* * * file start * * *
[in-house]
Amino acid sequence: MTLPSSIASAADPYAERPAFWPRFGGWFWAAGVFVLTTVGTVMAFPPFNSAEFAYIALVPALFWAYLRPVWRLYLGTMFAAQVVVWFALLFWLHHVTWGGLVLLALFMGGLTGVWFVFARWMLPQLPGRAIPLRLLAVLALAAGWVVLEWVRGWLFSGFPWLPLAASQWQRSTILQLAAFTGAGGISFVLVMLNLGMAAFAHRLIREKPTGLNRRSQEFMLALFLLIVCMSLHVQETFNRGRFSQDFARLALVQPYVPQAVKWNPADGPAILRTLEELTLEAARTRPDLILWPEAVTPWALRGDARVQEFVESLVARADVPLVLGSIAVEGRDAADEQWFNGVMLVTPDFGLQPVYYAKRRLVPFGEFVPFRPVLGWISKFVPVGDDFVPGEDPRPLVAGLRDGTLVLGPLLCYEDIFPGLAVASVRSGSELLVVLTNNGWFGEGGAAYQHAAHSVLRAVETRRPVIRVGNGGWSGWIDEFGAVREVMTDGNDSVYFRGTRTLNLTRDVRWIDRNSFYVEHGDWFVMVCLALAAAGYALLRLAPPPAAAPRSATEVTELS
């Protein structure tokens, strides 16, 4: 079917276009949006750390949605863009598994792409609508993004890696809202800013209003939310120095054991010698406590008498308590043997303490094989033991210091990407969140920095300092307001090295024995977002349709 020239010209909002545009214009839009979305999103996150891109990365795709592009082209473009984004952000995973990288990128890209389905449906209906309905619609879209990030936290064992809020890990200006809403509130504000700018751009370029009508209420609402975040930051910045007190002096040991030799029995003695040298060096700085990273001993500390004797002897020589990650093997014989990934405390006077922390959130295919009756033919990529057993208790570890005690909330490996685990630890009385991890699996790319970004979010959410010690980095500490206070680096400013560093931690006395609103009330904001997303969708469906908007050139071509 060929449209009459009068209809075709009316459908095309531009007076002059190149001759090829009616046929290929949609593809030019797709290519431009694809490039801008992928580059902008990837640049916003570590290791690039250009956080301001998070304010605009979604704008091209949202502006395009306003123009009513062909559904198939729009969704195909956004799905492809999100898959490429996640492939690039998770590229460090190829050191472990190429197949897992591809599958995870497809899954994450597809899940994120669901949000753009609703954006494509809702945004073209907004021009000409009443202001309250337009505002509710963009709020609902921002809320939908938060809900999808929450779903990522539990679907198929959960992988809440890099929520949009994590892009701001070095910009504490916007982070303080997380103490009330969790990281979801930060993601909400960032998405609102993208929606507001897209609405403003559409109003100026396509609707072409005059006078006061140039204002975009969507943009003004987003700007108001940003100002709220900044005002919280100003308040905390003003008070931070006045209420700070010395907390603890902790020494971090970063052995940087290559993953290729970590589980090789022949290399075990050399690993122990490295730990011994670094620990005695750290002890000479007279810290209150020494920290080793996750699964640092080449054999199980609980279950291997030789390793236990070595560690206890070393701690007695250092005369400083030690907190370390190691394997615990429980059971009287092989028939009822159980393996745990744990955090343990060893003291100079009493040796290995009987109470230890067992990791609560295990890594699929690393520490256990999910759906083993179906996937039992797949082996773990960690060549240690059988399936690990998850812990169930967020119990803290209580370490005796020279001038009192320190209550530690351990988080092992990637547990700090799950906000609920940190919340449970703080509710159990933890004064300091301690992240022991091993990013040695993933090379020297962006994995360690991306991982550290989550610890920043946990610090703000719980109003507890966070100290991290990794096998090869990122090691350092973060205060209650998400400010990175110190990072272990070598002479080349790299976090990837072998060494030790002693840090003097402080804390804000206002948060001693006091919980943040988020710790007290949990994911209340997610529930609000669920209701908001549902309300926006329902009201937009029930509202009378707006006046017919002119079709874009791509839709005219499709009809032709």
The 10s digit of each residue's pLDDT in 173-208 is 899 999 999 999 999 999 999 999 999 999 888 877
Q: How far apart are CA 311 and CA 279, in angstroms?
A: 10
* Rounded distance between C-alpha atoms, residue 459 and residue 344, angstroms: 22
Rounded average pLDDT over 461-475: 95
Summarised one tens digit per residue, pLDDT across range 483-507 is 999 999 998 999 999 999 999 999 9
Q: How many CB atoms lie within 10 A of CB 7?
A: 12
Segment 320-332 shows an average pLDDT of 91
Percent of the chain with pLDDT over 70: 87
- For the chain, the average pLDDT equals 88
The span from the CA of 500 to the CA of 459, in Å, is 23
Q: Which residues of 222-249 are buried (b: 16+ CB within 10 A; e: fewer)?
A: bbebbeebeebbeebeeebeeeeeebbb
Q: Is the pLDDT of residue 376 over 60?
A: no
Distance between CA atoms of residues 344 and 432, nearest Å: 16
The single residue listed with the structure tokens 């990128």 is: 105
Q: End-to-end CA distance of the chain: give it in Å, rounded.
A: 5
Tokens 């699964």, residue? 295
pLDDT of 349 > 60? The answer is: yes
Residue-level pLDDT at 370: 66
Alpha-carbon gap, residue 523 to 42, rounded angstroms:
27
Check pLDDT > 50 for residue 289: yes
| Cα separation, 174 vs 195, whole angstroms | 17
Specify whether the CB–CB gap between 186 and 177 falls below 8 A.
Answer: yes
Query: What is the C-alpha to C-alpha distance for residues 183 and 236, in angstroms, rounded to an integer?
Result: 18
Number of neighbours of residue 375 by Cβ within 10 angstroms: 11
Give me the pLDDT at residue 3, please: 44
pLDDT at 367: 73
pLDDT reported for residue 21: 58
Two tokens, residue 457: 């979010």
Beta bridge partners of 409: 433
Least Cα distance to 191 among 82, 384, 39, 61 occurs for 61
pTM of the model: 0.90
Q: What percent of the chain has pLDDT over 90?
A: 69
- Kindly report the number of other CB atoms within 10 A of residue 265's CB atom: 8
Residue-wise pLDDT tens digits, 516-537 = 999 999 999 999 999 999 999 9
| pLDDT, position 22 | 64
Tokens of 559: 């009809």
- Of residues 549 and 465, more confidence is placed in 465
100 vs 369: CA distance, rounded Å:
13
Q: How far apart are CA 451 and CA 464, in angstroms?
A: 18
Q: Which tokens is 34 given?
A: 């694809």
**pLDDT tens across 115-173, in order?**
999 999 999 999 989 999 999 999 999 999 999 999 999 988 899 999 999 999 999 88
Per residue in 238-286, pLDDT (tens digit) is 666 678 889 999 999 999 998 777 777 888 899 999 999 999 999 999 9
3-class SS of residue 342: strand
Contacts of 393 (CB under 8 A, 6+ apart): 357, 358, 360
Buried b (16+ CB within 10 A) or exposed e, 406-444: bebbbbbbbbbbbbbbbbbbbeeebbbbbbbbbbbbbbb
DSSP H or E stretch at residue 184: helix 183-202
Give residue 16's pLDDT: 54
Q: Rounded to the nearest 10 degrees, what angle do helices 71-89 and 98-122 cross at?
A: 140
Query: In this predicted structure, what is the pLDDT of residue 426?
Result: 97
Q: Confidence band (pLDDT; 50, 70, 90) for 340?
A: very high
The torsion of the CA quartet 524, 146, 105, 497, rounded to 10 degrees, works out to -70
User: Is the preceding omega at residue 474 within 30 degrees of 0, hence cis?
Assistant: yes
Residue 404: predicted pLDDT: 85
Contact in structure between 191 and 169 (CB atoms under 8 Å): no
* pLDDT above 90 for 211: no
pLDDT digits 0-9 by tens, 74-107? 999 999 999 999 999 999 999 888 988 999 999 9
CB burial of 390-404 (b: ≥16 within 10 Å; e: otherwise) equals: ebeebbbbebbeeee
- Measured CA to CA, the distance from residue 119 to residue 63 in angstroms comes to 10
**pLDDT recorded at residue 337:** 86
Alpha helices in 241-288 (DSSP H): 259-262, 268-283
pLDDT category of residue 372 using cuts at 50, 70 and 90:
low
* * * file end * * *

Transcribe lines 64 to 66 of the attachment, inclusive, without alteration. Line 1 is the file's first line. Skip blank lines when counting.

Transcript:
Q: Rounded to the nearest 10 degrees, what angle do helices 71-89 and 98-122 cross at?
A: 140
Query: In this predicted structure, what is the pLDDT of residue 426?